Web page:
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Ring Theory

Ring theory originated from Fermat's last theorem and is a subtopic of abstract algebra that studies rings. Rings are defined to be an abelian group that includes both operations of addition and multiplication. A set R is a ring if it satisfies the associative property, distributive property and has a multiplicative identity. The associative property for multiplication would be satisfied if:

(a x b) x c = a x (b x c)

holds true for all a, b, and c where a, b, and c are elements of the ring. The distributive property would be satisfied if the following equality were satisfied similarly:

a x (b + c) = (a x b) + (a x c)

and

(b + c) x a = (b x a) + (b x c)

Furthermore, there must exist an element 'y' such that for all elements of the ring such as 'a' this is true:

y x a = a x y = a

This is what is meant by having a multiplicative identity. If only these three properties were satisfied then the ring would be a non-commutative ring. In order for the ring to be a commutative ring it would also have to satisfy the commutative property. That is to say

a x b = b x a

holds true for all the elements of the ring. The above formulations are for the operation of multiplication. Similar properties for addition would also have to be satisfied. A common example of some rings are the set of integers, the set of rational numbers, the set of real numbers, and the set of complex numbers.

R-modules

Suppose R is a ring, G, M are R-modules and Hom(G,M) is the set of R-module homomorphisms from G to M. Identify Hom(Z/nZ,Z), Hom(Z,Z/nZ), Hom(Z/3Z,Z/6Z), Hom(Z/10Z,Z/6Z) as abelian groups, where n belongs to Z and Z is the set of integers.

Simple Ring: Artenian Ring

Please help with the following problem. A simple ring is an Artenian ring with no 2-sided ideals. Let K be a field. Let V be an n-dimensional vector space over K and let A = EndK(V), the ring of n x n matrices over K. The ring is clearly Artenian since it has finite dimension over K. We want to see that the 2-sided ideal are

Proving Local Rings

i) Show that a non-zero ring R is local (i.e. it has a unique maximal ideal) if and only if x or 1 - x is a unit, where x is a member of R. ii) Show why or why not are the following four rings local: {a/b belongs to Q s.t. b is not divisible by a prime p}, Z[x]/(X^3), F[[x]] (where F[[x]] is the ring formed by the set of all

Product Rings and Relations

• In each of the cases below, describe the ring obtained from F2 by adjoining an element x satisfying the relation: (i) x2+x+1=0, (ii) x2+1=0, (iii) x2+x=0. • Determine if Z/(6) is isomorphic to Z/(2)xZ/(3).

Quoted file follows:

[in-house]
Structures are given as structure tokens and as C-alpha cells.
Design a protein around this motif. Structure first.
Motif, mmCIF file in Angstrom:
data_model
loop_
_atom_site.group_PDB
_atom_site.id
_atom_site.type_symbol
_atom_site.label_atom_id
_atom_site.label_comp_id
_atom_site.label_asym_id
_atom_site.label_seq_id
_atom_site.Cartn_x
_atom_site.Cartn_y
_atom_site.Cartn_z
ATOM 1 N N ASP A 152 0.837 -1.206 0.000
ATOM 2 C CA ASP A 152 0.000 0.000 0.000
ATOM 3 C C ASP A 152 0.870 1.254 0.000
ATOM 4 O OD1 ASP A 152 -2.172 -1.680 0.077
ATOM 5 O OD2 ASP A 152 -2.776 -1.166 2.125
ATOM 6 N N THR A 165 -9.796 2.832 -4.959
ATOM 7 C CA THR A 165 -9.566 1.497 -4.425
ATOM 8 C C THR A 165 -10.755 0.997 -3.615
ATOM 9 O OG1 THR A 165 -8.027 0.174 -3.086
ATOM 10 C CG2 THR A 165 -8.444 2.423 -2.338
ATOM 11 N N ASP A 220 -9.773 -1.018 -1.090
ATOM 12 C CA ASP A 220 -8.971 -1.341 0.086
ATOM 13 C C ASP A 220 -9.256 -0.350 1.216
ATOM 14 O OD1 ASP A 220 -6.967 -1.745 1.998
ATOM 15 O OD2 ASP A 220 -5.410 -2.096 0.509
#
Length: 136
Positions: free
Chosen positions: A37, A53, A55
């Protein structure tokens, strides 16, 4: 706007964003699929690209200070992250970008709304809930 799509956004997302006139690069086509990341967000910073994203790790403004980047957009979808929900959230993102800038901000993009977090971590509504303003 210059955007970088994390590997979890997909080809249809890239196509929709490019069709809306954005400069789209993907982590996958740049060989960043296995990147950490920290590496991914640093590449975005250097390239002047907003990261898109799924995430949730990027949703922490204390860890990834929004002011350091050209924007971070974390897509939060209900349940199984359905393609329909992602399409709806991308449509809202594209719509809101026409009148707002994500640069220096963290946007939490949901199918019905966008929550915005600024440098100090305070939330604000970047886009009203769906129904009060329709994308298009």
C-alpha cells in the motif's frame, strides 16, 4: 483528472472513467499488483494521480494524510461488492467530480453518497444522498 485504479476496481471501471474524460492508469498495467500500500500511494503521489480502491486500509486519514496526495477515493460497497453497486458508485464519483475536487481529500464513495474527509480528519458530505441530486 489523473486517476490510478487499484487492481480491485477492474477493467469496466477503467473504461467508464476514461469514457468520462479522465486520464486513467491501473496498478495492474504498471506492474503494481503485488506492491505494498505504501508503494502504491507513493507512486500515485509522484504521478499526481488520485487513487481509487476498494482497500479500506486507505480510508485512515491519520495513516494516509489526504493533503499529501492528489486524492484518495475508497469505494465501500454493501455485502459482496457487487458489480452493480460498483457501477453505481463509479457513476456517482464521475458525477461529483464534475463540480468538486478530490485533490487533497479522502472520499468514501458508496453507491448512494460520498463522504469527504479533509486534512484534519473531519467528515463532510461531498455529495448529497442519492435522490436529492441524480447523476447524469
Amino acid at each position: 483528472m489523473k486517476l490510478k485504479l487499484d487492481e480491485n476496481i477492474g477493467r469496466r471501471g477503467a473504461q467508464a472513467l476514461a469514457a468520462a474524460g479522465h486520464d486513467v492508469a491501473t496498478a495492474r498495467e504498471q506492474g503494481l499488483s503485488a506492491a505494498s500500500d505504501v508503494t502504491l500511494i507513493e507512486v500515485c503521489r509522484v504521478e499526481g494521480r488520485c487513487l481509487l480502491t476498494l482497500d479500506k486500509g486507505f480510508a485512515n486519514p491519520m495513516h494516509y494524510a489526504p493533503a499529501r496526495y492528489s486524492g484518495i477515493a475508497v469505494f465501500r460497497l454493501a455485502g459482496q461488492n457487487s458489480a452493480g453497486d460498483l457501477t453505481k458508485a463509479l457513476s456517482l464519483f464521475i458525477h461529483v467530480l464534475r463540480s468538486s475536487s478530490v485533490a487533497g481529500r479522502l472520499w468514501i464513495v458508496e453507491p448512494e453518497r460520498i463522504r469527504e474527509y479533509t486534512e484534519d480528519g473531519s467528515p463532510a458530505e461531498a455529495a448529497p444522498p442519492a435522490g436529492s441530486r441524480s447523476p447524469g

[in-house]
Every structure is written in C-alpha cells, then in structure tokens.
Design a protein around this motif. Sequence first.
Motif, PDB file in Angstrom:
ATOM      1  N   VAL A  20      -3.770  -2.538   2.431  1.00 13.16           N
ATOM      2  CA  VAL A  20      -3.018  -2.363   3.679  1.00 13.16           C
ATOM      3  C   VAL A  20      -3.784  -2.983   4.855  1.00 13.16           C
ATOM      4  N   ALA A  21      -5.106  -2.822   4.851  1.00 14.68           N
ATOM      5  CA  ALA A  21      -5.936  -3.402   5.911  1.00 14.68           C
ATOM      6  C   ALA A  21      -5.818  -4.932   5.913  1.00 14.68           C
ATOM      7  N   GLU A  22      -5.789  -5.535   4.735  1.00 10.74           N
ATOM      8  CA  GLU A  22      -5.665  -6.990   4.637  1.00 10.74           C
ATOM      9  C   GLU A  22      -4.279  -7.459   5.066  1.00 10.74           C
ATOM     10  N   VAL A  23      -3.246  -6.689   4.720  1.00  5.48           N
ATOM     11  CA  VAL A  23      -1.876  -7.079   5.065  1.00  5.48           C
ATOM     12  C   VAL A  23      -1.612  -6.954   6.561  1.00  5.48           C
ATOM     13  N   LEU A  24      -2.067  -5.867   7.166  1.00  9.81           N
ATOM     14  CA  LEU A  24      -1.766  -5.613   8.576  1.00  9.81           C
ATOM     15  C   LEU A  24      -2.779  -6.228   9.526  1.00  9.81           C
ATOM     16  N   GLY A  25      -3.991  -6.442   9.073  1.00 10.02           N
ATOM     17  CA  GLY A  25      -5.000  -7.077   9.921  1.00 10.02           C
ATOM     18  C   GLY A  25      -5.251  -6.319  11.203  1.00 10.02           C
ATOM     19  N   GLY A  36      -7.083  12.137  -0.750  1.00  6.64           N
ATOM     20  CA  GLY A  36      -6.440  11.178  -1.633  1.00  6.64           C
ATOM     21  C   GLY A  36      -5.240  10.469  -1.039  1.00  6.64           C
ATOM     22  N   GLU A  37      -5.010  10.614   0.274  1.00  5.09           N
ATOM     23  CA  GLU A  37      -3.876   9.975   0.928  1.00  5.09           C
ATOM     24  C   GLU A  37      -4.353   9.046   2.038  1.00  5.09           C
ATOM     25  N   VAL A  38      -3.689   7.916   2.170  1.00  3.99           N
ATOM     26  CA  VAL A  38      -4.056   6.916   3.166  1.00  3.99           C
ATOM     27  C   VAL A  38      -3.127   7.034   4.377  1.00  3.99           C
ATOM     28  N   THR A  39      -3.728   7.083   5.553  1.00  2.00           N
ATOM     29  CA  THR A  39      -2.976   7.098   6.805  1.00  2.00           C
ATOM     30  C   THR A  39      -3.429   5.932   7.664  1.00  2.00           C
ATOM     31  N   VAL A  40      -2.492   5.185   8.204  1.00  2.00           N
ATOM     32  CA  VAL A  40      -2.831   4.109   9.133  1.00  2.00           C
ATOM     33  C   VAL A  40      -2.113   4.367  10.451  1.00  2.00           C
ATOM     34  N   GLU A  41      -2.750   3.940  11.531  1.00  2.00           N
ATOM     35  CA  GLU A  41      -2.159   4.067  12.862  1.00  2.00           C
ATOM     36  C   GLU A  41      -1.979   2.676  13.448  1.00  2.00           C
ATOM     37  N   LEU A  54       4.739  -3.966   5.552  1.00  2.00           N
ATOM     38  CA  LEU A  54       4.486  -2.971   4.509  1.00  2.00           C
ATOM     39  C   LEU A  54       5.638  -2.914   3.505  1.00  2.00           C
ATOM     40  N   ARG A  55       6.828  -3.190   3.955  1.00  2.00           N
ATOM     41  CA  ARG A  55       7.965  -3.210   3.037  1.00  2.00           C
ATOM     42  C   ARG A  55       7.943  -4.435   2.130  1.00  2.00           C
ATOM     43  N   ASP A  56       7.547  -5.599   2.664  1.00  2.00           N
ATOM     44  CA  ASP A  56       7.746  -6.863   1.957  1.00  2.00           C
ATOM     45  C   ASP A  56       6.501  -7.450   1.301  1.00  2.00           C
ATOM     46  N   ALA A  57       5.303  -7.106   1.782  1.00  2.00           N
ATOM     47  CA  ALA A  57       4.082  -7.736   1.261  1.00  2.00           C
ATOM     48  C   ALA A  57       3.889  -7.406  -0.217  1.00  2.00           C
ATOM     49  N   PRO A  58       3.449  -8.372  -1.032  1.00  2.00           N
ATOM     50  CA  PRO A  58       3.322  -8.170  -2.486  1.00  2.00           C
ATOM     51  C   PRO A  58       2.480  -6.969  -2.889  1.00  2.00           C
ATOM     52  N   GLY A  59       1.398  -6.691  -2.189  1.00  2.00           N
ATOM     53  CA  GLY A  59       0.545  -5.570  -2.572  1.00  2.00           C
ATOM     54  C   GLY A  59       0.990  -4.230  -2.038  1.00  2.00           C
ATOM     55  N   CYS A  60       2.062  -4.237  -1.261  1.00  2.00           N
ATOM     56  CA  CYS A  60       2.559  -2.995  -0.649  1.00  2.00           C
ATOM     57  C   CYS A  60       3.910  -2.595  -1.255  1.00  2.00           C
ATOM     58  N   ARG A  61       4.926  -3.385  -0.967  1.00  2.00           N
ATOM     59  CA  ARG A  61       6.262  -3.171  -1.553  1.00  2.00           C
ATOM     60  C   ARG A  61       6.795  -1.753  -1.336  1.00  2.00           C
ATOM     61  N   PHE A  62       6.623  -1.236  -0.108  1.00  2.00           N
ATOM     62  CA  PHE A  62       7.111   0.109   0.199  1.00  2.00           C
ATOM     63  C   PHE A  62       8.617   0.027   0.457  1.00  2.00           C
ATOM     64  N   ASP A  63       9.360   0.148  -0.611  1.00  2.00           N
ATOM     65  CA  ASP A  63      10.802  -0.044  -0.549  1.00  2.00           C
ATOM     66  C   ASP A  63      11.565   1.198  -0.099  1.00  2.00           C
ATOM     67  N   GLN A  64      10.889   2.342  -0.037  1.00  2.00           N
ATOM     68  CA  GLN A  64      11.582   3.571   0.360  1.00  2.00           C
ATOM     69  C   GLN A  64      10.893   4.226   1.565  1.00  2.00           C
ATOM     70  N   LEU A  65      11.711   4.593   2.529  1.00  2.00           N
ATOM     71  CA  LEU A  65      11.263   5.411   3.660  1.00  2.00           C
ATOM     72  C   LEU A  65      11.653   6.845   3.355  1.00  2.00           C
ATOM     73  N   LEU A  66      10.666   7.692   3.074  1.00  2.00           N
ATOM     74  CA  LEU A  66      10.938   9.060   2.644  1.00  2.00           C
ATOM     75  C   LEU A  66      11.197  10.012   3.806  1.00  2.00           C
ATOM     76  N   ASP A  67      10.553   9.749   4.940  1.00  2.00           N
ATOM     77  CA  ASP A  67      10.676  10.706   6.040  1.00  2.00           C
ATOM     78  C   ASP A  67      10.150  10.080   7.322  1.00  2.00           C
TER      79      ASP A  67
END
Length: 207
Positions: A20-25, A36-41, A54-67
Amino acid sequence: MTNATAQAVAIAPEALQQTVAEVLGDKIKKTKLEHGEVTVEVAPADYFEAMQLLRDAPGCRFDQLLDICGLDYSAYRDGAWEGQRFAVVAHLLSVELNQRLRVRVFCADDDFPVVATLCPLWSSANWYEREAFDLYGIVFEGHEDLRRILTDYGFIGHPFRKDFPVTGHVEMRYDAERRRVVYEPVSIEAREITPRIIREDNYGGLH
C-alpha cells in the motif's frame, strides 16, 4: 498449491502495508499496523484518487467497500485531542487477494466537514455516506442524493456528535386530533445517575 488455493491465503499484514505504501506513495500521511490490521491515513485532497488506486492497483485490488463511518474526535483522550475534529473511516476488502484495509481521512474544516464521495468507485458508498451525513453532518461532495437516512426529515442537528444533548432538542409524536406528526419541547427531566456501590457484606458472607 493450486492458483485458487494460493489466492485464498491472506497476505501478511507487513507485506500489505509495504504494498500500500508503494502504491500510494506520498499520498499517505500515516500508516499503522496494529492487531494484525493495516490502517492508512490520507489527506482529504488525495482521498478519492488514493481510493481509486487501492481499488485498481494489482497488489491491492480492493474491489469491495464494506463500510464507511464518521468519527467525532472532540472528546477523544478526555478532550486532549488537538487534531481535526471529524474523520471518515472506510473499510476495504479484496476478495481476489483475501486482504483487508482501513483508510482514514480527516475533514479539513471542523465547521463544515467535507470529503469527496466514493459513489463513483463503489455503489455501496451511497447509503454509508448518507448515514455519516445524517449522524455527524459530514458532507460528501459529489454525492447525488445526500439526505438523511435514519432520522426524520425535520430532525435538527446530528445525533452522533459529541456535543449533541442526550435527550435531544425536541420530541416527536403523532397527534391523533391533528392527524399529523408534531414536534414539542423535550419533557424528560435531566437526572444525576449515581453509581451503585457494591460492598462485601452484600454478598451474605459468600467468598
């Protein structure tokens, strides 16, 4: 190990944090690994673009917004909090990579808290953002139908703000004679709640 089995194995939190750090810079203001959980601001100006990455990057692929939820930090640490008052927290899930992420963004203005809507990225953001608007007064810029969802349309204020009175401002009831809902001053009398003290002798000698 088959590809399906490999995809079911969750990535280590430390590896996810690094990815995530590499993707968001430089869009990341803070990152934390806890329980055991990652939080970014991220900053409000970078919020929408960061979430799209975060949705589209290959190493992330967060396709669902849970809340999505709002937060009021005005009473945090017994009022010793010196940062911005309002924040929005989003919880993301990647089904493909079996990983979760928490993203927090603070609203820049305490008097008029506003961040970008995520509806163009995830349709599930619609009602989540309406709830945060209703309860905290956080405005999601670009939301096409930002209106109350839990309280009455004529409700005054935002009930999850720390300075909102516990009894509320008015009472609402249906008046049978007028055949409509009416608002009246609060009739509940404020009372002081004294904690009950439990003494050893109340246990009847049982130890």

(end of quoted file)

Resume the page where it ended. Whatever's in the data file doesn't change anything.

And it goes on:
Ideals and Maximal Ideals

Please help with the following problems. a) If I,J are ideals in a ring R such that I+J=R and R is isomorphic to the product ring (R/I)x(R/J) when IJ=0, describe the idempotents corresponding to this product decomposition; b) Describe the maximal ideal of RxR where in this case R is the set of real numbers; c) How many roo

Polynomial Rings and prime integers

Let p be any prime integer. Consider polynomials f(x) and g(x) of the form: f(x) = x^p g(x) = x over the finite field Zp. Prove that f(c) = g(c) for all c in Zp. Hint: Consider the multiplicative group of nonzero elements of Zp.

Ring Theory: Polynomial Rings

Consider the polynomial ring R=Q[x]. (a) show that I = {f(x) (x^3-6x+7)+g(x) (x+4) | f(x), g(x) in R} is an ideal of R. (b) We have seen that R is a principle ideal domain. That is, every ideal is generated by a single element of R. Find h(x) in R so that I = {f(x)h(x) | f(x) in R}.

The Problems in Ring Theory

When f1, ....fn are elements in the polynomial ring R[x, y], we denote by (f1,....,fn) the set { ∑gifi | g ∈ R[x, y]} which is an ideal of R[x, y] Let R be a commutative ring and let I ⊆ R be an ideal. Show that √I := { f ∈ R | there exists n ∈ N such that fn ∈ I } is an ideal of R. Let V(I) be defined as

Rationals with an odd denominator form a ring

Consider Q, the set of all rational numbers. For qâ??Q, q=m/n for m, n â?? Z. Suppose this is written in reduced form so gcd(m,n)=1. Let R â?? Q consist of all rational numbers for which the denominator of the reduced form is odd. Show that this set forms a ring under the usual operations of addition and multiplication.

Ring theory